Study: Spirit of Adventure programme fosters longer-term youth resilience

Dec 13, 2013
Study: Spirit of Adventure programme fosters longer-term youth resilience

New research from the University of Otago shows that youth programmes, such as the long-running Spirit of New Zealand tall-ship experience, do work to create lasting resilience in our young people.

The Department of Psychology study, led by PhD student Jill Hayhurst, surveyed a large group of young voyage participants from around New Zealand. It showed they experience a significant increase in resilience after they have completed the programme, and this increase is maintained long-term.

The study, just published in the Journal of Adventure Education and Outdoor Learning, assessed resilience, and factors that are linked to resilience such as self-esteem, in 272 with an average age of 16.

On board the Spirit of New Zealand, the young trainees face being away from home, making new friends, daily 6 am swims around the ship, climbing the rigging, and eventually sailing the ship on their own. Throughout the voyages the crew support the trainees, encourage teamwork and teach sailing skills.

Ms Hayhurst says in this way success is guaranteed, making the Spirit voyages ideal for studying the potential of resilience to be developed. Since its inception in 1972, thousands of kiwi youth have taken part in the programme.

Study: Spirit of Adventure programme fosters longer-term youth resilience

The 272 study participants completed surveys four times: one month before the voyage, the first day of the voyage, the last day of the voyage, and five months after the voyage. Voyage participants were compared to secondary and tertiary students in order to ensure any changes observed were due to the voyage and not other factors, for example normal psychological changes experienced over time.

"Our results suggest the Spirit of New Zealand voyages are an effective and relatively long-lasting means by which to nurture resilience and encourage the skills and experiences necessary for Kiwi youth to flourish," she says.

"The finding that the resilience is long lasting is particularly exciting, as while many youth programmes have positive outcomes, these benefits usually disappear once the participants return home. Self-esteem, social effectiveness, self-efficacy, sense of belonging, social support and weather conditions (e.g. smooth or stormy sailing) all contributed to the youth's increased resilience."

The study used the metaphor of physical immunisation when trying to understand the process. This term means that like immunisation, people's ability to face adversity grows after a dose of stress. The size of the dose is critical however, as too much stress can overwhelm people.

"Effective programmes must walk the line between challenge and success. This may explain why although many youth programmes aim to increase resilience, their effectiveness and outcomes are mixed," she says.

"Everyone experiences difficulties in life, whether it be daily hassles or major trauma. Resilience is the process by which people bounce back from adversity, or adapt following crisis. Ample evidence shows that there are more risks for children and youth today than in the past, as the prevalence of depression, suicide, and child poverty continues to rise. For this reason, we believe that understanding and promoting resilience is paramount."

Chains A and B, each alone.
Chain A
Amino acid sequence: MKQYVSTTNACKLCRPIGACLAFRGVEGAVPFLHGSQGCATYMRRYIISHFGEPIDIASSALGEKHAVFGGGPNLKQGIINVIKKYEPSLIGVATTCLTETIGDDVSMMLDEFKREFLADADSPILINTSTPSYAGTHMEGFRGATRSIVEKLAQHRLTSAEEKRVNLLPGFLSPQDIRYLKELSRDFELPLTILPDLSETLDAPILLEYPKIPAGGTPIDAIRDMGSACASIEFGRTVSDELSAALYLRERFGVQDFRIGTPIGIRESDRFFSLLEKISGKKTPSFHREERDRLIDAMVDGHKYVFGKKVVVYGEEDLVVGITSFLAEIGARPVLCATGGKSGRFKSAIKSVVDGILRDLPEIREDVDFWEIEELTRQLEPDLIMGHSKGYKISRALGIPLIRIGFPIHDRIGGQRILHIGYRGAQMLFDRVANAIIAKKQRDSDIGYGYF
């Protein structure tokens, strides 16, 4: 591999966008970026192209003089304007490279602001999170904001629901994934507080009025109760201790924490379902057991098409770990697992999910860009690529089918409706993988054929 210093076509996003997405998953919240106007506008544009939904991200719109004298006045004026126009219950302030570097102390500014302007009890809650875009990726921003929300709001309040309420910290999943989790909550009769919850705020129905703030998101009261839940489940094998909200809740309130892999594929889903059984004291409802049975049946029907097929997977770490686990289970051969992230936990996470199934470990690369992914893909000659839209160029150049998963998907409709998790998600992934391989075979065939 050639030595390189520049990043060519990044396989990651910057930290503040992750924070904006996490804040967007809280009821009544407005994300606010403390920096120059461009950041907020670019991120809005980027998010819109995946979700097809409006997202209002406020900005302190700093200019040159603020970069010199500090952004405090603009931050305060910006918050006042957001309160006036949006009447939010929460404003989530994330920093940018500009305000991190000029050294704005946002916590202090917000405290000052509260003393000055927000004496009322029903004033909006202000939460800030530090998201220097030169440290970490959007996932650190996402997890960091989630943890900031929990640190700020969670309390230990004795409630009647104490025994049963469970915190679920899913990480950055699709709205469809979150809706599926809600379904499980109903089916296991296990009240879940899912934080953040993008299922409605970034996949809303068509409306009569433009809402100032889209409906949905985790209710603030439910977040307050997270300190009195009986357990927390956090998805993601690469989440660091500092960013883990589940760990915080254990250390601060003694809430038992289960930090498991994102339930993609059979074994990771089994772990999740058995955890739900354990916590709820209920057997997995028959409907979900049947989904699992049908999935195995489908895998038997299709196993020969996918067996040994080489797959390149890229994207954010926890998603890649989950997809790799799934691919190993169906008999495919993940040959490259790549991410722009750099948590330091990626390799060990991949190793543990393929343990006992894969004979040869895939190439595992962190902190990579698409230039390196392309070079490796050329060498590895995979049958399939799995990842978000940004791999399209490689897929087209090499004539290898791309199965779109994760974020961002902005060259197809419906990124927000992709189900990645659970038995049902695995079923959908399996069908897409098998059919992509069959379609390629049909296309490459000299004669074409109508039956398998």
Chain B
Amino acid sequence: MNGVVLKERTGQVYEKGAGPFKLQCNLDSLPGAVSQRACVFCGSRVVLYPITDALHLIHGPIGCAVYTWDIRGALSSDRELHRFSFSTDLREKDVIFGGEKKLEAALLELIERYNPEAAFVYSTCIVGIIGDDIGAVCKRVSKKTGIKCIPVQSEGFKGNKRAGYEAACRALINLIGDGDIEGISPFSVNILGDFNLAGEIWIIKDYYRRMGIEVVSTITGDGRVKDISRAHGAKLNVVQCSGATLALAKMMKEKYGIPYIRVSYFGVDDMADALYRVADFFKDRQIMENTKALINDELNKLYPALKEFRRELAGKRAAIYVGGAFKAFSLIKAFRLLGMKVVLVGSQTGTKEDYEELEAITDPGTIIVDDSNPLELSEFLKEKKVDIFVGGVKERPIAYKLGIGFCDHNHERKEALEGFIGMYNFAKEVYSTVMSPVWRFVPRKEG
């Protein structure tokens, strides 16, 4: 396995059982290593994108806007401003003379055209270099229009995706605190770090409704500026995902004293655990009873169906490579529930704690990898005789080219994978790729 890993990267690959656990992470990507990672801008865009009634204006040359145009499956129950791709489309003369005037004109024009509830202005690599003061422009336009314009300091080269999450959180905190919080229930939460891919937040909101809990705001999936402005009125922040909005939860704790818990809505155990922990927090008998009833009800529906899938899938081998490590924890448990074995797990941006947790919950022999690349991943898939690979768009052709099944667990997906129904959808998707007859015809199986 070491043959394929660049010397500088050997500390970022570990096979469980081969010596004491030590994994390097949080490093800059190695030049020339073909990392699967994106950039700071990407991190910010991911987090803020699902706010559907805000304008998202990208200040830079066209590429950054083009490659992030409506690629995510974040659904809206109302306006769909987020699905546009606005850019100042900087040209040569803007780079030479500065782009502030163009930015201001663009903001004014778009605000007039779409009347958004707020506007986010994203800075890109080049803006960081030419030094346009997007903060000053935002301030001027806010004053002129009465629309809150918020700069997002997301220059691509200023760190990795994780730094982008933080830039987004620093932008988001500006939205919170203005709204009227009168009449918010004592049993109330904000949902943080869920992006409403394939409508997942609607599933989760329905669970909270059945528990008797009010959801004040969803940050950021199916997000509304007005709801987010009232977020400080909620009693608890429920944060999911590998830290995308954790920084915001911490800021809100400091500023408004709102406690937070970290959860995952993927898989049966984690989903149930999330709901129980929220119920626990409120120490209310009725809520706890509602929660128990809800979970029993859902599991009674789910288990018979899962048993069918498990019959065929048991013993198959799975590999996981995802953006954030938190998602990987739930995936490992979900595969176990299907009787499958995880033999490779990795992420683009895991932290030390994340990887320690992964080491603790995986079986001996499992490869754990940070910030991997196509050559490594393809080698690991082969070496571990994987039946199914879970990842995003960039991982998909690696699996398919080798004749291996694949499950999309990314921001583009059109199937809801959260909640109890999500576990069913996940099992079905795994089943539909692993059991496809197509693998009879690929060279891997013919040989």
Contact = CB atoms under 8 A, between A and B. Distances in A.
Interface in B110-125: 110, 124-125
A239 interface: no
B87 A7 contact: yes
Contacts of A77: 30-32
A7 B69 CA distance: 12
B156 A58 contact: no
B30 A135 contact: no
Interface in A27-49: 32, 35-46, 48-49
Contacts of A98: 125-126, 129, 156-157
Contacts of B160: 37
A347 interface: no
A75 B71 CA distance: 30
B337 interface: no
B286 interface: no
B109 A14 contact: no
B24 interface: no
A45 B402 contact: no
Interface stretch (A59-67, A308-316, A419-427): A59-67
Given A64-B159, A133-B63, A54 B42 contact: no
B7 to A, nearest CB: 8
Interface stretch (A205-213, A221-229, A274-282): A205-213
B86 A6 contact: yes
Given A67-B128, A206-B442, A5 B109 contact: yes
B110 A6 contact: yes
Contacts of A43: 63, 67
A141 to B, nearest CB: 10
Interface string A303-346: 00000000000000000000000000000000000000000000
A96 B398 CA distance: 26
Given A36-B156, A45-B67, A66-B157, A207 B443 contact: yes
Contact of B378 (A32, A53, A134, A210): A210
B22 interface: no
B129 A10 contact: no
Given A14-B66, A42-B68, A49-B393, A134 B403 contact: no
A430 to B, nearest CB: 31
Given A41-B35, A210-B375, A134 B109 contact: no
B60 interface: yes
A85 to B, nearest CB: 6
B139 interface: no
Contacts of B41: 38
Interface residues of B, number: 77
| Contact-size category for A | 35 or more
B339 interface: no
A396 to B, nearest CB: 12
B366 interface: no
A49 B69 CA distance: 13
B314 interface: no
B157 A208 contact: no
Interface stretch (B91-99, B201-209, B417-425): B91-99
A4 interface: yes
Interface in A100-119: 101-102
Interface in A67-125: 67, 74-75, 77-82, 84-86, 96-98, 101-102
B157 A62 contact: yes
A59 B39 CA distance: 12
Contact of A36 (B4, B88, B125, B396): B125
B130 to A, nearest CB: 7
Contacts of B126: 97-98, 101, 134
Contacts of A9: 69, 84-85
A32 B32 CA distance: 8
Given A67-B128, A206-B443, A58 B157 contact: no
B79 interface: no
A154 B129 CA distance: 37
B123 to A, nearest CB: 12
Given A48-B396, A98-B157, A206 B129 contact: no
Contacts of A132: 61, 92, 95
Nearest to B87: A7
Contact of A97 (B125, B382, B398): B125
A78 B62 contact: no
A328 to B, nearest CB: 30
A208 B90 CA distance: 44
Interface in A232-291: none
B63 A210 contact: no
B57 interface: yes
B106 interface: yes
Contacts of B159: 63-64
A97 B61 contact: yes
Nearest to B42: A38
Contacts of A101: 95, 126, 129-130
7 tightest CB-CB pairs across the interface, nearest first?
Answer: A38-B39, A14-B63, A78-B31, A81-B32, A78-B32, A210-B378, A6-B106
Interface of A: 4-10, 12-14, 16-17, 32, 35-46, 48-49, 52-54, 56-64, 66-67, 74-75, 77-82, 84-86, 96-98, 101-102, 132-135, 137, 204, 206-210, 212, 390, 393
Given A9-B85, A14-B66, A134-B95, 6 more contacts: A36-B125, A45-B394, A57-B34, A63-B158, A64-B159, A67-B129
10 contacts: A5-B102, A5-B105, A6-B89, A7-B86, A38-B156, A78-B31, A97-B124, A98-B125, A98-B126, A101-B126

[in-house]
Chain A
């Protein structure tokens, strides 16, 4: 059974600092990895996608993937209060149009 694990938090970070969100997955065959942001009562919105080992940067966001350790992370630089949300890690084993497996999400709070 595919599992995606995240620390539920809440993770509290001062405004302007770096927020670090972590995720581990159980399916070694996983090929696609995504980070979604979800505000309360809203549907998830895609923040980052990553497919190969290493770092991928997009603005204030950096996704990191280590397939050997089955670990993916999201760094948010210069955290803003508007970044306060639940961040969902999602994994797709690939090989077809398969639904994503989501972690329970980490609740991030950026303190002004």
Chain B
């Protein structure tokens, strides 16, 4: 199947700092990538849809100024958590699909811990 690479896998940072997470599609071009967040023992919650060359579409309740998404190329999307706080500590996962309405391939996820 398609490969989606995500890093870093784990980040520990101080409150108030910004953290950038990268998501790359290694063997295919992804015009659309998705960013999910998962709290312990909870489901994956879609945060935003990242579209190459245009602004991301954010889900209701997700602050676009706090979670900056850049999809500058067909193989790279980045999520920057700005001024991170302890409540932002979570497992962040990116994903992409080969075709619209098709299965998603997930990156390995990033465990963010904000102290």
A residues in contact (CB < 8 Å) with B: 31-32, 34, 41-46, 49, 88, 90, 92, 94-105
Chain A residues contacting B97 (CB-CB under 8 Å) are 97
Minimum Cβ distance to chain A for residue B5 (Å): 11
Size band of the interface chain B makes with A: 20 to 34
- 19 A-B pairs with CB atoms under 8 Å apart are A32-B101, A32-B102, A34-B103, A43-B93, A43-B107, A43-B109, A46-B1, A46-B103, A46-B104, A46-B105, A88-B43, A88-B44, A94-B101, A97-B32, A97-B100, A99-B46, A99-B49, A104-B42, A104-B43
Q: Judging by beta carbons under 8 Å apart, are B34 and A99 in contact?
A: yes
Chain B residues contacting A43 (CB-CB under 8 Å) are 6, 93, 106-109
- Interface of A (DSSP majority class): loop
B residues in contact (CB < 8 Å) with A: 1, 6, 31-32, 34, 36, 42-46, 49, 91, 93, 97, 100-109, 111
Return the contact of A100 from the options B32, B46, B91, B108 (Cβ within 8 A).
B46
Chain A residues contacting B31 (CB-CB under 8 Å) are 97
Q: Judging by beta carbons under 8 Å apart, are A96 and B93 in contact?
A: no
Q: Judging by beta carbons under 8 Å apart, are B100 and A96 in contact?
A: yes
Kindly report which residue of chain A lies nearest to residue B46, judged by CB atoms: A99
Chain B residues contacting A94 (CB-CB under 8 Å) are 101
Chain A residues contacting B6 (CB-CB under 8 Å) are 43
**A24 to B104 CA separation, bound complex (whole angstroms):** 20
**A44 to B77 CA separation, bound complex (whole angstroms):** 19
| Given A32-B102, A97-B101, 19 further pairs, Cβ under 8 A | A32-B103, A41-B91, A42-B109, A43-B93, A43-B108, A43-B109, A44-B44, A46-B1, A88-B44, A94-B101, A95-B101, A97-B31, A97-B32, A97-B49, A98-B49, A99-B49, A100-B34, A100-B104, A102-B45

Explore further: Researchers link youths' social interactions with grades, self-efficacy

More information: Jill Hayhurst, John A. Hunter, Sarah Kafkaa & Mike Boyes, "Enhancing resilience in youth through a 10-day developmental voyage." Journal of Adventure Education & Outdoor Learning. DOI: 10.1080/14729679.2013.843143

add to favorites email to friend print save as pdf

Related Stories

Cyber resilience metrics needed to meet increased threats

Nov 25, 2013

Cyber threats are rapidly emerging as one of the primary security concerns for the nation and global community as targeted cyber attacks can cause severe consequences to critical infrastructure and sectors of the economy. ...

Racism linked to depression and anxiety in youth

Sep 17, 2013

An international review led by the University of Melbourne has found children and young people experience poor mental health, depression and anxiety following experiences of racism.

Young state care leavers a crime risk

Dec 12, 2013

A Victorian study has found that young people transitioning out of state care are at greater risk of entering the youth justice system than other young people.

Recommended for you

Power can corrupt even the honest

3 hours ago

When appointing a new leader, selectors base their choice on several factors and typically look for leaders with desirable characteristics such as honesty and trustworthiness. However once leaders are in power, can we trust ...

Learning at 10 degrees north

4 hours ago

Secluded beaches, calypso music and the entertaining carnival are often what come to mind when thinking of the islands of Trinidad and Tobago. But Dal Earth Sciences students might first consider Trinidad's ...

How to find the knowns and unknowns in any research

5 hours ago

Have you ever felt overloaded by information? Ever wondered how to make sense of claims and counter-claims about a topic? With so much information out there on many different issues, how is a person new to ...

Minorities energize US consumer market, according to report

5 hours ago

The buying power of minority groups in the U.S. has reached new heights and continues to outpace cumulative inflation, according to the latest Multicultural Economy Report from the Selig Center for Economic Growth at the ...

User comments : 0